Two teenage boys, Connor Peterson and Kyle Patrick Wankmiller of Lutherville, MD, were run over by two light rail trains on Sunday. Maryland Transit Administration claimed that the two boys were lying on the tracks – thus either partaking in foolish, life-threatening games, or perhaps they were suicidal. However, video evidence has now brought to light that the two teens were walking and were caught off guard by the hit. Wankmiller was pronounced dead at the hospital, while Peterson passed away the next day.
The railway had gone down to one set of tracks for the day, explaining why the boys walking north were not prepared for a northbound train on tracks usually used for southbound trains. They assumed that they would be facing any oncoming train and would thus be able to escape. What is not explained is how two separate trains managed to run over these two boys.
Without either operator noticing.
That’s right, it was actually a fare inspector on board a third train who took notice. Two train operators, in broad daylight, with fantastic visibility, ran over two teenage boys without taking notice. There are several possible explanations, but none of them justify such a lack of attention. Perhaps if the operator of the train that struck the two boys down were paying attention enough to honk the horn, the boys could have been saved. Perhaps if he had paid attention enough to know that he just ran over two kids, he could have stopped the train, sought immediate medical attention, and prevented the boys from being run over again and from being left to die.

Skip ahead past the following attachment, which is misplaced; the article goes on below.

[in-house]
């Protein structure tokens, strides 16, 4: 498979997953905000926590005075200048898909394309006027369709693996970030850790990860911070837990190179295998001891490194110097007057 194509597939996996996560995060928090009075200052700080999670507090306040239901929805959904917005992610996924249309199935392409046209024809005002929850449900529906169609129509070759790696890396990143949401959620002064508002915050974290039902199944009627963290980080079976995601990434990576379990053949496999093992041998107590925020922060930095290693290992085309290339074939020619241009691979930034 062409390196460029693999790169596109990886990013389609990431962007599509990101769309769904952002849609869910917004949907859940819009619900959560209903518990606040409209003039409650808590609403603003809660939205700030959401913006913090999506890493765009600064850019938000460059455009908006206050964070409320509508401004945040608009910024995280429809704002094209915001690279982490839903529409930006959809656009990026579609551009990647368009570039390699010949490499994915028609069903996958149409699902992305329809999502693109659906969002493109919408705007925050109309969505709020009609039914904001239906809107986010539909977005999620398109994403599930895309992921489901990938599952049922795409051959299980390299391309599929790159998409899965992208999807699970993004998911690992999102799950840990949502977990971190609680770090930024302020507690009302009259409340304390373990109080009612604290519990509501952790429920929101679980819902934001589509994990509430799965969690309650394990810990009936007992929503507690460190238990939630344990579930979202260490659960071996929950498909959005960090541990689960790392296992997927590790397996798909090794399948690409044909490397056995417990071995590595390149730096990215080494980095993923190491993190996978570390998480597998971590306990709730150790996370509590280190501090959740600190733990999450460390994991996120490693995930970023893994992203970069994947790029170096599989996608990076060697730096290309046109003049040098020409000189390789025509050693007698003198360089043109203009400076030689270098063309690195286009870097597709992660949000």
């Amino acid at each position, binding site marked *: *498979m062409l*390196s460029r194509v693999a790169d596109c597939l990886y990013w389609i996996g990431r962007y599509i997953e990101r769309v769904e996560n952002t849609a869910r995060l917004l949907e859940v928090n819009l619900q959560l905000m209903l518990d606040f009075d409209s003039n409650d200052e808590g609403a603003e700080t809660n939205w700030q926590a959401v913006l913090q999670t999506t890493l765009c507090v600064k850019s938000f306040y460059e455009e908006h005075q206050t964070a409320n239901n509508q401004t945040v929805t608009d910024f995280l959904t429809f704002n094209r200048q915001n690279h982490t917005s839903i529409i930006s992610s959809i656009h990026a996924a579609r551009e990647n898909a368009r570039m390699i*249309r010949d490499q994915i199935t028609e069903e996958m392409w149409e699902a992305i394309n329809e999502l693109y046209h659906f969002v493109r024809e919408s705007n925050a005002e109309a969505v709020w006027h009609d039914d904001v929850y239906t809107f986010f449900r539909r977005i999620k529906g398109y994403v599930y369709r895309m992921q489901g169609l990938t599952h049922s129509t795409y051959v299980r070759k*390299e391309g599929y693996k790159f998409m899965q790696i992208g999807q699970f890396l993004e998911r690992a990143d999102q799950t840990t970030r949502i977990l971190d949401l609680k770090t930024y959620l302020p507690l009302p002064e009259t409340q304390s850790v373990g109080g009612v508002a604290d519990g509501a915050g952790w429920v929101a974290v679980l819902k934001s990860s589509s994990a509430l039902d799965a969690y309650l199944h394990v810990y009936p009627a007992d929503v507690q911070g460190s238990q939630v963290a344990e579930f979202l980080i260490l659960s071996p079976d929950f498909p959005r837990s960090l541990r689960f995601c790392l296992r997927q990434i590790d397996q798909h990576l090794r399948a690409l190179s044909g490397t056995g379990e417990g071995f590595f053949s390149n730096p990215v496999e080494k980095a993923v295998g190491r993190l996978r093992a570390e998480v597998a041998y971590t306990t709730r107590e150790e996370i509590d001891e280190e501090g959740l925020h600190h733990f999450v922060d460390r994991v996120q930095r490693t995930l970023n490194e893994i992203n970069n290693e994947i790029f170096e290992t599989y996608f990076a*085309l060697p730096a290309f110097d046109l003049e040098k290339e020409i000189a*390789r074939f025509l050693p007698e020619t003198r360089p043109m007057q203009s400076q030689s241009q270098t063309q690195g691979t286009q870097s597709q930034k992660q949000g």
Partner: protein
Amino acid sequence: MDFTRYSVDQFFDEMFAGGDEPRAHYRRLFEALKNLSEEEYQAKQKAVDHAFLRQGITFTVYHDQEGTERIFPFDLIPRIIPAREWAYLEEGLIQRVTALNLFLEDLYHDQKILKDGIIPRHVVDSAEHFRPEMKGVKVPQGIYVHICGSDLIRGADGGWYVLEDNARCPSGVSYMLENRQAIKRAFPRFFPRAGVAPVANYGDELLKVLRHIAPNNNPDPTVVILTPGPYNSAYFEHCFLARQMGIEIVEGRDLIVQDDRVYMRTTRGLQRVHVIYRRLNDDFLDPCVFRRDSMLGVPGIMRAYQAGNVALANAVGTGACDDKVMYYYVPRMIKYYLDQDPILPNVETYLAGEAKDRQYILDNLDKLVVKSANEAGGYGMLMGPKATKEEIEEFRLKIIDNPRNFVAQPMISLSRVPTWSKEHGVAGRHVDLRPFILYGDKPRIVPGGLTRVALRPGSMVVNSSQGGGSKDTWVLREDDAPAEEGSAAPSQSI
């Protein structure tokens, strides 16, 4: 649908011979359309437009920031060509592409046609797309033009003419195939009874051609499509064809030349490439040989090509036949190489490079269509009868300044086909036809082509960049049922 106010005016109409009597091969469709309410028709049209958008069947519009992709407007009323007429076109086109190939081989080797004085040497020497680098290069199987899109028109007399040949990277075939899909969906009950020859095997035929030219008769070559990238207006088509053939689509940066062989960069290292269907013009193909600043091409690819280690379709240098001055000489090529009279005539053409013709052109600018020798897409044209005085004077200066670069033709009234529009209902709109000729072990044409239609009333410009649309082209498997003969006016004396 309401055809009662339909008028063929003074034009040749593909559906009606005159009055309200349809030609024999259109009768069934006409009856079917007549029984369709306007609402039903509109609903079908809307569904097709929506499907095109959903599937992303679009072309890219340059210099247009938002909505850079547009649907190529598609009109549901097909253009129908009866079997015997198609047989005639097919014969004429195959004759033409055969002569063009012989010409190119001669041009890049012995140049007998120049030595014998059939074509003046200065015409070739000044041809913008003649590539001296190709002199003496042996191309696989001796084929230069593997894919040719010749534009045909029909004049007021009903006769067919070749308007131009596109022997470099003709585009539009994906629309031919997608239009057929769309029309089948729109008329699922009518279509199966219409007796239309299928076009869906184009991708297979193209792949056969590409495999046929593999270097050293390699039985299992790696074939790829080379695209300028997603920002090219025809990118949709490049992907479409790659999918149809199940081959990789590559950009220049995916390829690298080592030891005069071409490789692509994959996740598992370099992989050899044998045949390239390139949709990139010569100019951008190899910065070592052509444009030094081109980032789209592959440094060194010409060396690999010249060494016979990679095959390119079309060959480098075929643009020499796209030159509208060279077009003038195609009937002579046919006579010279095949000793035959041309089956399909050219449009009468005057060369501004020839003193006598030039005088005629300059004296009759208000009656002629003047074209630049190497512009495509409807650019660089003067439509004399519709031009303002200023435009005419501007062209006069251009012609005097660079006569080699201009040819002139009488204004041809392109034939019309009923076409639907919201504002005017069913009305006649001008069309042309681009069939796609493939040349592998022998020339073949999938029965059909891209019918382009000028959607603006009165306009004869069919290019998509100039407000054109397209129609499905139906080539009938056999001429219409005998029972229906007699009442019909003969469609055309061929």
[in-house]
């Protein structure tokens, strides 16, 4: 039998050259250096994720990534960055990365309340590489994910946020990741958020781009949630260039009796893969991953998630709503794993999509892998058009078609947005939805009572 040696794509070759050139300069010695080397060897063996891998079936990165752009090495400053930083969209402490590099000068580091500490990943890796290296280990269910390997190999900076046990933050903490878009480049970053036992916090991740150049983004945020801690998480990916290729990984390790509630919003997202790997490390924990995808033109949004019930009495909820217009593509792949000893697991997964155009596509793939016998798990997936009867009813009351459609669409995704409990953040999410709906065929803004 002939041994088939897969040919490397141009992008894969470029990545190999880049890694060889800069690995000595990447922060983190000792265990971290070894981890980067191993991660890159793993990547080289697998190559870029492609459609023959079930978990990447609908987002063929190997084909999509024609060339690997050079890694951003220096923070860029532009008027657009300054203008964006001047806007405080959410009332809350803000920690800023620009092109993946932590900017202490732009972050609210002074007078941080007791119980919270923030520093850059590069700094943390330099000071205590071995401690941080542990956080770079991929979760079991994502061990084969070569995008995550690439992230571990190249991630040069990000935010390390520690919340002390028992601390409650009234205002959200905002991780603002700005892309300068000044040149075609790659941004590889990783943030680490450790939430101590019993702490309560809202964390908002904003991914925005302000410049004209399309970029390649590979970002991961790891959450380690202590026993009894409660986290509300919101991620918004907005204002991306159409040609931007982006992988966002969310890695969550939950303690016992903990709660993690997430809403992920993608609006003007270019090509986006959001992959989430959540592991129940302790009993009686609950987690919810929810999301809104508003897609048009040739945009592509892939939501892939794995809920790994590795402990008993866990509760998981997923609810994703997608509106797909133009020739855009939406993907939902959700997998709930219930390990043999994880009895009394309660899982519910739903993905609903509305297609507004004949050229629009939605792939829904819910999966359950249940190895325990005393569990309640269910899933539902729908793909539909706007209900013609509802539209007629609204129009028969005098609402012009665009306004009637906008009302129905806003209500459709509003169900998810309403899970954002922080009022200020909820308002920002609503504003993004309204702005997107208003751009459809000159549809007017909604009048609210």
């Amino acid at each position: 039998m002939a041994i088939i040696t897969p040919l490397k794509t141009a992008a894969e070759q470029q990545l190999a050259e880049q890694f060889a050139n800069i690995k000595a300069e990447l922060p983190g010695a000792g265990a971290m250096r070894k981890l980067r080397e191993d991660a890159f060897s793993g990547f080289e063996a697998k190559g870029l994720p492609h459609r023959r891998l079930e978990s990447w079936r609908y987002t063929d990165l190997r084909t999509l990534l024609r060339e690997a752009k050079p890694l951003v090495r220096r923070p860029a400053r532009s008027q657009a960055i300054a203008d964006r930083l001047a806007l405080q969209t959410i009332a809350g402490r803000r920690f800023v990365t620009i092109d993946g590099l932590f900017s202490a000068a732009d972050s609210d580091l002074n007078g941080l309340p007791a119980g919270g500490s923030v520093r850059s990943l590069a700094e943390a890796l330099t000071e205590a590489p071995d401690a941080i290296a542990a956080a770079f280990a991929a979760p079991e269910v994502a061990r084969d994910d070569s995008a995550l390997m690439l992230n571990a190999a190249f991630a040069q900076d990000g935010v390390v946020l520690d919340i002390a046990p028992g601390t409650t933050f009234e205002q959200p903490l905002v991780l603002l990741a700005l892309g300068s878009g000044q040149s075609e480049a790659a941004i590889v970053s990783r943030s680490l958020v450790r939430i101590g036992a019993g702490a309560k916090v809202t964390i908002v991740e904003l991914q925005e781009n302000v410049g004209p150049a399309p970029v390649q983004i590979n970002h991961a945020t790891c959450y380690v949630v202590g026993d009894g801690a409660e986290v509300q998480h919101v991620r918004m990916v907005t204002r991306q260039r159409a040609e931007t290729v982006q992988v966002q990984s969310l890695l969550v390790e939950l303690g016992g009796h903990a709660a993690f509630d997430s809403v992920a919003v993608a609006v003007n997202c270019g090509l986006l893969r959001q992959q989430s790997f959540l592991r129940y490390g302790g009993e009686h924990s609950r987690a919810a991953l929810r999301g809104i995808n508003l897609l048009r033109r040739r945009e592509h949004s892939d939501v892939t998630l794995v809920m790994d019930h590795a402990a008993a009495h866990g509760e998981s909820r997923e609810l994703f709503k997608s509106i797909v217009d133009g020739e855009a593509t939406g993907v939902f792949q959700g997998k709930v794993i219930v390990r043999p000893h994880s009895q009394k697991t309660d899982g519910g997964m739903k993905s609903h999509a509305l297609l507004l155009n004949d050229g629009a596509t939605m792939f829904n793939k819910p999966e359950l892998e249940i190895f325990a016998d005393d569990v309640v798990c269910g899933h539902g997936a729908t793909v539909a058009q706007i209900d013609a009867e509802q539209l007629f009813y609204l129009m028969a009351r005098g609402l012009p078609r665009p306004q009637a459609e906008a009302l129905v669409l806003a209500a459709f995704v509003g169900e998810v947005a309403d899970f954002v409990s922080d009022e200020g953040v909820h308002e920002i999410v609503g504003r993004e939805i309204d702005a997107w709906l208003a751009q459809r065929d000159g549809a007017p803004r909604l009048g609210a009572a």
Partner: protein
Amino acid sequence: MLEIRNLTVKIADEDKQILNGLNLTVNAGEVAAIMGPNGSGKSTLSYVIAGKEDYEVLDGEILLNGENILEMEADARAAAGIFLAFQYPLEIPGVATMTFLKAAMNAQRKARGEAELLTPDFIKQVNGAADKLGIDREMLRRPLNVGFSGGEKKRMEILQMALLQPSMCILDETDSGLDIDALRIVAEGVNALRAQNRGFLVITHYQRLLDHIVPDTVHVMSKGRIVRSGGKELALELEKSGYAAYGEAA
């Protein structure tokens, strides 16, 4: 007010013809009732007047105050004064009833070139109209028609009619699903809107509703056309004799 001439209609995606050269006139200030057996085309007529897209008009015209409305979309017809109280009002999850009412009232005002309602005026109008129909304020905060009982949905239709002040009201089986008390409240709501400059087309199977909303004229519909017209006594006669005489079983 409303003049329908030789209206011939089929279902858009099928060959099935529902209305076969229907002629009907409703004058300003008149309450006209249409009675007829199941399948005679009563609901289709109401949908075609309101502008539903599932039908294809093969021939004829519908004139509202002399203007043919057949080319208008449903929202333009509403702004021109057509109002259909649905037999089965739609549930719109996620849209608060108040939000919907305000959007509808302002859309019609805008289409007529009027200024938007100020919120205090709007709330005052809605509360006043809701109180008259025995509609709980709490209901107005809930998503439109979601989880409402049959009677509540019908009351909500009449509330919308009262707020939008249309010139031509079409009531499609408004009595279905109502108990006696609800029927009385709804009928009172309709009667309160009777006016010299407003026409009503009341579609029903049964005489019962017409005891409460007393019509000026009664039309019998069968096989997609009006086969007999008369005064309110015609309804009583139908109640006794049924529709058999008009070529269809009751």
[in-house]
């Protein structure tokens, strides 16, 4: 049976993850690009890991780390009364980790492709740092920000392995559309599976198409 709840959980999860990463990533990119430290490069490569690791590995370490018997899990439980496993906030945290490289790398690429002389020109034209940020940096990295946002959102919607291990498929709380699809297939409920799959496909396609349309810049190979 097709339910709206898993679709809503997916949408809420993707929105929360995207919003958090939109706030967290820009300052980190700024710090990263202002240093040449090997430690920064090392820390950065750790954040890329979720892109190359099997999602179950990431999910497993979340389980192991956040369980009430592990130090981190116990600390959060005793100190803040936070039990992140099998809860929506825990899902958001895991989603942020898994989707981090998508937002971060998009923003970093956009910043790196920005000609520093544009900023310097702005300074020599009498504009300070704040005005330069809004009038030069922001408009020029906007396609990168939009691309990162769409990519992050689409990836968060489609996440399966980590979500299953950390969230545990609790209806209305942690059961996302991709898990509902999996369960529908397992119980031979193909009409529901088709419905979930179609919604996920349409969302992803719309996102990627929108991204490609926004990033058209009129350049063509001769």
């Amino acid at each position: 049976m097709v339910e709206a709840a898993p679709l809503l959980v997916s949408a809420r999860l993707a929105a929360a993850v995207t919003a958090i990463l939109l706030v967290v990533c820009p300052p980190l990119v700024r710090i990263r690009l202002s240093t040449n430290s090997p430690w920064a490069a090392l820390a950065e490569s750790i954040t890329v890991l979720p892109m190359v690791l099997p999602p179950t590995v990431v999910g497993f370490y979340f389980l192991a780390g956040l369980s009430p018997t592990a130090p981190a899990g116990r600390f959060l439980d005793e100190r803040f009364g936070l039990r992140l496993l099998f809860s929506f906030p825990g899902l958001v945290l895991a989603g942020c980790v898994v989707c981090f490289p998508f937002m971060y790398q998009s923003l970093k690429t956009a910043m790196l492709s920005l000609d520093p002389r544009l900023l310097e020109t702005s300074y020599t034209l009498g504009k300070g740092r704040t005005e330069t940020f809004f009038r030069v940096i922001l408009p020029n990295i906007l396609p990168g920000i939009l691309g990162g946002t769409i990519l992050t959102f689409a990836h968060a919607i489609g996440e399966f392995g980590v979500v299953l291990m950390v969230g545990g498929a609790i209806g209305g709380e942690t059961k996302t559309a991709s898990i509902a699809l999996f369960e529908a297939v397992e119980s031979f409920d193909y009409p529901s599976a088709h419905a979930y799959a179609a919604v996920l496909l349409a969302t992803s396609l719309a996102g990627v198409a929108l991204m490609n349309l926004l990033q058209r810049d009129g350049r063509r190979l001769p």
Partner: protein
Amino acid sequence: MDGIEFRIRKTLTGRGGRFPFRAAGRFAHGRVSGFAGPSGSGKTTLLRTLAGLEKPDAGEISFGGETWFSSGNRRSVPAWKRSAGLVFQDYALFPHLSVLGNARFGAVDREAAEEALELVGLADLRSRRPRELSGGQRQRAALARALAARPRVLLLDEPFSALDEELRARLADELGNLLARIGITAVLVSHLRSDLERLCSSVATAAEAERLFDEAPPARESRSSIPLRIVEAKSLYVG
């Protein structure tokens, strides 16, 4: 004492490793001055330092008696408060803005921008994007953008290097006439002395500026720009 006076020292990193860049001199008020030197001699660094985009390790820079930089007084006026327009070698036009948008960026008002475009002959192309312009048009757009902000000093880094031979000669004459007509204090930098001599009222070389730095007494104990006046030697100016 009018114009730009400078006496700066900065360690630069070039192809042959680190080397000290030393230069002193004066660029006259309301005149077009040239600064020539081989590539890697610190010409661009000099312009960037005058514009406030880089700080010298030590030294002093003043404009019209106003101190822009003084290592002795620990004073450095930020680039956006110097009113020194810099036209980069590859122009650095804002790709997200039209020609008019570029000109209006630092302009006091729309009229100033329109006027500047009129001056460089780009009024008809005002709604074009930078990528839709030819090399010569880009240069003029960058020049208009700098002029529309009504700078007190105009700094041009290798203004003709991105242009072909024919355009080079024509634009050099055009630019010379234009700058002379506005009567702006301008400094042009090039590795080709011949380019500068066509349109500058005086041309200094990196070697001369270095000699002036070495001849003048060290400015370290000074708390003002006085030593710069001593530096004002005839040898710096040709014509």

The spokesperson for MTA is hoping that this “incident” will teach the nation a lesson. The lesson she hopes we learn? To be “extremely safe” when crossing their tracks.
Safety is a must, she is right. Education about railroad safety is a great thing and a must – if that is her point, she is right.
But she’s completely wrong in the implication, if she is truly attempting to make it, that the real problem here was two teenage kids. Unless further investigation reveals some unforeseeable and good reason that these two train operators could not see or hear or feel the train which they were supposed to be operating kill these two teens, then the overwhelming majority of the fault lies on them. Perhaps one could argue that the kids are almost entirely at fault for being hit by the first train. This seems like a rather flimsy assumption, given that the operator should have honked and applied his brakes. Nevertheless, it seems undeniable that for abandoning the two teens and enabling another operator to carelessly run over them again, these two operators are entirely at fault. Two dying, immobilized teens cannot be held responsible for the operators’ responsibilities. MTA should be careful not to become morally complicit in this act by defending the train operators who were somehow too distracted to do their job.